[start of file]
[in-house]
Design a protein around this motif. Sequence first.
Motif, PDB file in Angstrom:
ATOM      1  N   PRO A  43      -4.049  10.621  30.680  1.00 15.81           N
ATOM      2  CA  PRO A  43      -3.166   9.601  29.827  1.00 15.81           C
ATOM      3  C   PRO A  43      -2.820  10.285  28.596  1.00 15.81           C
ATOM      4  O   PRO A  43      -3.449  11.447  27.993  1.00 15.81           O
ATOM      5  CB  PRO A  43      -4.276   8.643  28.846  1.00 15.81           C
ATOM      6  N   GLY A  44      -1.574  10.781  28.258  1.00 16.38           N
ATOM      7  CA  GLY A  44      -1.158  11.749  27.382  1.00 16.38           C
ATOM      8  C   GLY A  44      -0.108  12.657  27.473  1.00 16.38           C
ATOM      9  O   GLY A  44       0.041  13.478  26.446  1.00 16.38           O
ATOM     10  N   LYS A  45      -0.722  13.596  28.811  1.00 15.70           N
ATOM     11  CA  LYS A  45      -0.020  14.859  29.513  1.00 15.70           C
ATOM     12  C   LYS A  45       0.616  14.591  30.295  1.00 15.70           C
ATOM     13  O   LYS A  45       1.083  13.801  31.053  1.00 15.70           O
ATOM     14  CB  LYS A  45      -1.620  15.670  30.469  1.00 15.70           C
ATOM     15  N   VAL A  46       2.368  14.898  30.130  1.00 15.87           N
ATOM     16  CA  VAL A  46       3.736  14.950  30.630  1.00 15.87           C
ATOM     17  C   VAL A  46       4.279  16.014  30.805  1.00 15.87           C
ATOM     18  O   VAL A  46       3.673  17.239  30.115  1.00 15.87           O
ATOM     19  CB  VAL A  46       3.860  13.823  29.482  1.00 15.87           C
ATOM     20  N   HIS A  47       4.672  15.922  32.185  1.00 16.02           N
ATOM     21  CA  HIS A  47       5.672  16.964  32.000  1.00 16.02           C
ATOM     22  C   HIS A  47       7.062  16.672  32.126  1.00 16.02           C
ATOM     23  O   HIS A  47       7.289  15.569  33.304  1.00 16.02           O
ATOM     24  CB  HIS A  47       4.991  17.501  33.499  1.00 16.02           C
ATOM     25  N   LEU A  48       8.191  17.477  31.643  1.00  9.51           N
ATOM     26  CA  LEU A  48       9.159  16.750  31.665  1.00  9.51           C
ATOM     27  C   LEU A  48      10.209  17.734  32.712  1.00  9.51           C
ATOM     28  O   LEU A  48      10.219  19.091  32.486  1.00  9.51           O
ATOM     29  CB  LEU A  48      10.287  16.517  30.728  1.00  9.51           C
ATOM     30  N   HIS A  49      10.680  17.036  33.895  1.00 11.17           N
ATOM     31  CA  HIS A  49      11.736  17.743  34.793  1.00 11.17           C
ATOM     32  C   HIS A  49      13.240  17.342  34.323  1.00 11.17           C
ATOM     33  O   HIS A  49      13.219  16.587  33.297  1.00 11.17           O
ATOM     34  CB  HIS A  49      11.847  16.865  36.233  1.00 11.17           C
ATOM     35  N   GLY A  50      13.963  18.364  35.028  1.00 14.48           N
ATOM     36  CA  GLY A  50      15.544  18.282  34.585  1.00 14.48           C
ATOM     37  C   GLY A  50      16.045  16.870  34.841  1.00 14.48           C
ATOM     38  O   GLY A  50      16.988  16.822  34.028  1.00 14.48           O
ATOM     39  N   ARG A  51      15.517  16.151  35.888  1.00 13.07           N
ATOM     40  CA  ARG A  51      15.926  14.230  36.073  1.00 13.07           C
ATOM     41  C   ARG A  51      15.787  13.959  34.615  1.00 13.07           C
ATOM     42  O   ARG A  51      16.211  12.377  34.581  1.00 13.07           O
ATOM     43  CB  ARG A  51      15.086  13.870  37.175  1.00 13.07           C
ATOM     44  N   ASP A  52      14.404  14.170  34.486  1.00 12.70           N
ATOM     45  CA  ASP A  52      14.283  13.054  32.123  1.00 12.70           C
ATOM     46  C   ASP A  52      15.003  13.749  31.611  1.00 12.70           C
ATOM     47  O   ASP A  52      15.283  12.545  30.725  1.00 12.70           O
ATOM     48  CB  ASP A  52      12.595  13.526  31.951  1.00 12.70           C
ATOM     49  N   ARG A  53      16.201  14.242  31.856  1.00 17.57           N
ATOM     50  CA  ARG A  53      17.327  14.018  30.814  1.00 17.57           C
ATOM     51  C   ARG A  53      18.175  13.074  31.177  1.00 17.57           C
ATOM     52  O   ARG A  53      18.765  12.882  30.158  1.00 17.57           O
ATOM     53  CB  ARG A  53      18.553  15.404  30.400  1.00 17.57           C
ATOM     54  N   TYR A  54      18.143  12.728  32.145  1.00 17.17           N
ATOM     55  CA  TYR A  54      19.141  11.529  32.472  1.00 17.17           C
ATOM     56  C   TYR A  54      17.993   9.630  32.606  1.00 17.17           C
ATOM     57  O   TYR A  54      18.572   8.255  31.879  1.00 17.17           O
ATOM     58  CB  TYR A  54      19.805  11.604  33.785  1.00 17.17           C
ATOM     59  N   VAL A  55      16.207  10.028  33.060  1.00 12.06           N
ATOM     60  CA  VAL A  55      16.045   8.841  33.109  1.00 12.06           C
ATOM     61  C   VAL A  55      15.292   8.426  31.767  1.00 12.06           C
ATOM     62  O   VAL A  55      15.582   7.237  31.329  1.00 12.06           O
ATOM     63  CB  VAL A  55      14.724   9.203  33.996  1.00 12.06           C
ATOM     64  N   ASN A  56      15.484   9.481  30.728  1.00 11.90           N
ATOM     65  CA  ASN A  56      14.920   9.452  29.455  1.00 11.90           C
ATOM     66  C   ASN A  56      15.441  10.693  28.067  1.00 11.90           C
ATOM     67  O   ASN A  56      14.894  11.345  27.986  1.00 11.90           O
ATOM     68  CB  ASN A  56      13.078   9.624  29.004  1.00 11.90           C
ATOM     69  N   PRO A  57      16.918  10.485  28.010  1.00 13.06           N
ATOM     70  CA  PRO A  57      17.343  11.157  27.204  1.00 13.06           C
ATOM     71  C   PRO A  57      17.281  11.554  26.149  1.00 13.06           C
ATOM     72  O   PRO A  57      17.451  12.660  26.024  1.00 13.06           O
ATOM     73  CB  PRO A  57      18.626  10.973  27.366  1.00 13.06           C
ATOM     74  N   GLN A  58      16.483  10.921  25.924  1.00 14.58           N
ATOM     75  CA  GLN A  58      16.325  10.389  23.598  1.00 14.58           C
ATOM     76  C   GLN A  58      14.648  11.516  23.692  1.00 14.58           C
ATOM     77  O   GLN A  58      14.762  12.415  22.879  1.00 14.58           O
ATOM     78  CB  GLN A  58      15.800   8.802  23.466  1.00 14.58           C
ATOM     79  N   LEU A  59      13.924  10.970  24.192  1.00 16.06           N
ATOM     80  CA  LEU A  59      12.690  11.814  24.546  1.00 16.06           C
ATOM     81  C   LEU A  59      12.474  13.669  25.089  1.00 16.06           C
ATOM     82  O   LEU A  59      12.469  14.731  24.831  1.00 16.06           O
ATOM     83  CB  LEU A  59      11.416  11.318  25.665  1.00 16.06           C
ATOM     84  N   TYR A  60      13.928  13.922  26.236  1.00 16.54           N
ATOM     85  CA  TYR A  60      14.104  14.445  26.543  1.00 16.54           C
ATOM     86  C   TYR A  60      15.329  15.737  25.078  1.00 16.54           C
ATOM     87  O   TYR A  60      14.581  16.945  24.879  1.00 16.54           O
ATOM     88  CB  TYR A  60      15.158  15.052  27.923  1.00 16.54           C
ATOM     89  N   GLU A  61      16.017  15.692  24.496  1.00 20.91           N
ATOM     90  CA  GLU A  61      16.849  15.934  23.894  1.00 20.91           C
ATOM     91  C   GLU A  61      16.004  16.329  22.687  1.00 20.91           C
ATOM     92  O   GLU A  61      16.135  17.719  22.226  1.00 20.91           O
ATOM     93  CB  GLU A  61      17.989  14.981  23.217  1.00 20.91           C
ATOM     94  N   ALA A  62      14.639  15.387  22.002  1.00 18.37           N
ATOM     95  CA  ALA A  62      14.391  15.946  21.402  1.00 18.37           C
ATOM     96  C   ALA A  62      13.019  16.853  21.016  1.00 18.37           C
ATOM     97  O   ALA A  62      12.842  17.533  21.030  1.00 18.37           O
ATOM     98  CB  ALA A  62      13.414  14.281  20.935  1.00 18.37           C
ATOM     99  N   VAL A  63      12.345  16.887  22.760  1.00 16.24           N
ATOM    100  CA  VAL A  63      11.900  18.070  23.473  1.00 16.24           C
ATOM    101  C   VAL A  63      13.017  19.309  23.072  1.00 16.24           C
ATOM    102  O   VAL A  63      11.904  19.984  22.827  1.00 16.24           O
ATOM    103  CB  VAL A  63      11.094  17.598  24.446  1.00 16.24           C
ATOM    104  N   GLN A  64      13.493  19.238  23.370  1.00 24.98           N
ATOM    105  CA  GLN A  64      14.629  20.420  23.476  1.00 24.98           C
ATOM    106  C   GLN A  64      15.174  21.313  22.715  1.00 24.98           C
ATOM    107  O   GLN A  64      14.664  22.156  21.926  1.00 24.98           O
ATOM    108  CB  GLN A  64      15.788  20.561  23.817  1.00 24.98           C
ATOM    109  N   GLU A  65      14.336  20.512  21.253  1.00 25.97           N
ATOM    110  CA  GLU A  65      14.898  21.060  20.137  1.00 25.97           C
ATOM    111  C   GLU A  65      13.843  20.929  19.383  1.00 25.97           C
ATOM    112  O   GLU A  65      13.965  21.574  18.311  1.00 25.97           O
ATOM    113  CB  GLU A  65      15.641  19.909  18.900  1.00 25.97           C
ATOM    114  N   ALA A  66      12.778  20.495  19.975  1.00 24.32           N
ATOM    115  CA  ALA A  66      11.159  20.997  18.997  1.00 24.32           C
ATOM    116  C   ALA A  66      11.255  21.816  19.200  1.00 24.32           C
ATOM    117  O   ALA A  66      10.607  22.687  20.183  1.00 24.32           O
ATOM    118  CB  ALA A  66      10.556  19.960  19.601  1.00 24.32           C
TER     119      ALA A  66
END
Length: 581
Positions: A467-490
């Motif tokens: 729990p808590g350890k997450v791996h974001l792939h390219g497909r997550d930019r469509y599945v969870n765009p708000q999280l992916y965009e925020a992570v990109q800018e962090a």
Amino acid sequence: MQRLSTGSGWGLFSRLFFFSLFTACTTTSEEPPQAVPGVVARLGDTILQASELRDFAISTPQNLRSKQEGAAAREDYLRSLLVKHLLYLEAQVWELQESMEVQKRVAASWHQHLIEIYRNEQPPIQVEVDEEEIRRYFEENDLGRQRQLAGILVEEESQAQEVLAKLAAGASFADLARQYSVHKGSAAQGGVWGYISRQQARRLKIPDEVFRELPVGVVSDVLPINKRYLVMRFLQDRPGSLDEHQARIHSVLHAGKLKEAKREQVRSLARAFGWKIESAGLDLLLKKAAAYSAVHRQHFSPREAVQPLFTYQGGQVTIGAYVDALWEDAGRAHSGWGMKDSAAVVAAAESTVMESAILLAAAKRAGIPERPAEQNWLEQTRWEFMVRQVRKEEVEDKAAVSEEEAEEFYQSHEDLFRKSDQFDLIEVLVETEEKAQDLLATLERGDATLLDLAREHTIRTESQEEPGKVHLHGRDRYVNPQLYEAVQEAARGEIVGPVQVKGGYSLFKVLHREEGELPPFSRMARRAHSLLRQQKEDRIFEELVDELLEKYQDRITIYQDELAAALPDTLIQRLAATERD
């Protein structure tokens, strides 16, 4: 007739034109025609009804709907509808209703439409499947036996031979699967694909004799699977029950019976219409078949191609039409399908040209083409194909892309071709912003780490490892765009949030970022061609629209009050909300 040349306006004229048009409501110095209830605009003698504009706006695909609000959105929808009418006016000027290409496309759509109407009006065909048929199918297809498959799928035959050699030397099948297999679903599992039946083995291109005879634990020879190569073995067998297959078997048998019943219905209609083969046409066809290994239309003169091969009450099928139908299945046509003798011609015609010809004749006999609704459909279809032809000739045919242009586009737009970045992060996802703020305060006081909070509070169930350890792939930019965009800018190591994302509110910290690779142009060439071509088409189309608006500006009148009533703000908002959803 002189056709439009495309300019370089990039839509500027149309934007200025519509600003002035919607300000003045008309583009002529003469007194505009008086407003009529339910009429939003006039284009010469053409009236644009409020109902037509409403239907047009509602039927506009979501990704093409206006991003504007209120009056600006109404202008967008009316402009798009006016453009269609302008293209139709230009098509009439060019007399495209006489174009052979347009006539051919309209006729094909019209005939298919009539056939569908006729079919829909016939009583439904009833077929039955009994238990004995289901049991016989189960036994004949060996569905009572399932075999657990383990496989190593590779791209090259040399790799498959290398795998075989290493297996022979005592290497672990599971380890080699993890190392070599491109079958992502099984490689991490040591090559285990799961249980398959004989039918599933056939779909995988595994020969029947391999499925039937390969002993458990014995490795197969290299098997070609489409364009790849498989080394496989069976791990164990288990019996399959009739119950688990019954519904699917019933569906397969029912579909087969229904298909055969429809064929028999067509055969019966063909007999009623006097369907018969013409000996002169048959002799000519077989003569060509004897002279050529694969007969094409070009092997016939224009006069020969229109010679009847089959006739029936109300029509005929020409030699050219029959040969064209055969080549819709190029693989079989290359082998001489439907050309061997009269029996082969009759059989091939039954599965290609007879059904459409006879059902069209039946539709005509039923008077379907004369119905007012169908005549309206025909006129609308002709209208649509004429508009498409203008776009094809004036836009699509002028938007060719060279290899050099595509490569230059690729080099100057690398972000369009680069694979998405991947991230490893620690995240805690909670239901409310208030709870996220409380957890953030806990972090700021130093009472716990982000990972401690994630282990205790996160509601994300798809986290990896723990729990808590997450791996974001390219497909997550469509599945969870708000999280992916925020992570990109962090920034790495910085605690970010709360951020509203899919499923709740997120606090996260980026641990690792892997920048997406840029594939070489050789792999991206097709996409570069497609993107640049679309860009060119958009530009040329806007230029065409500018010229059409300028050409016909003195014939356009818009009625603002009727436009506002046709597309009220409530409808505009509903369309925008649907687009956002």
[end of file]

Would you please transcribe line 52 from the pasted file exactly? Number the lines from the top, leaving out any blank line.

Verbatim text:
ATOM     49  N   ARG A  53      16.201  14.242  31.856  1.00 17.57           N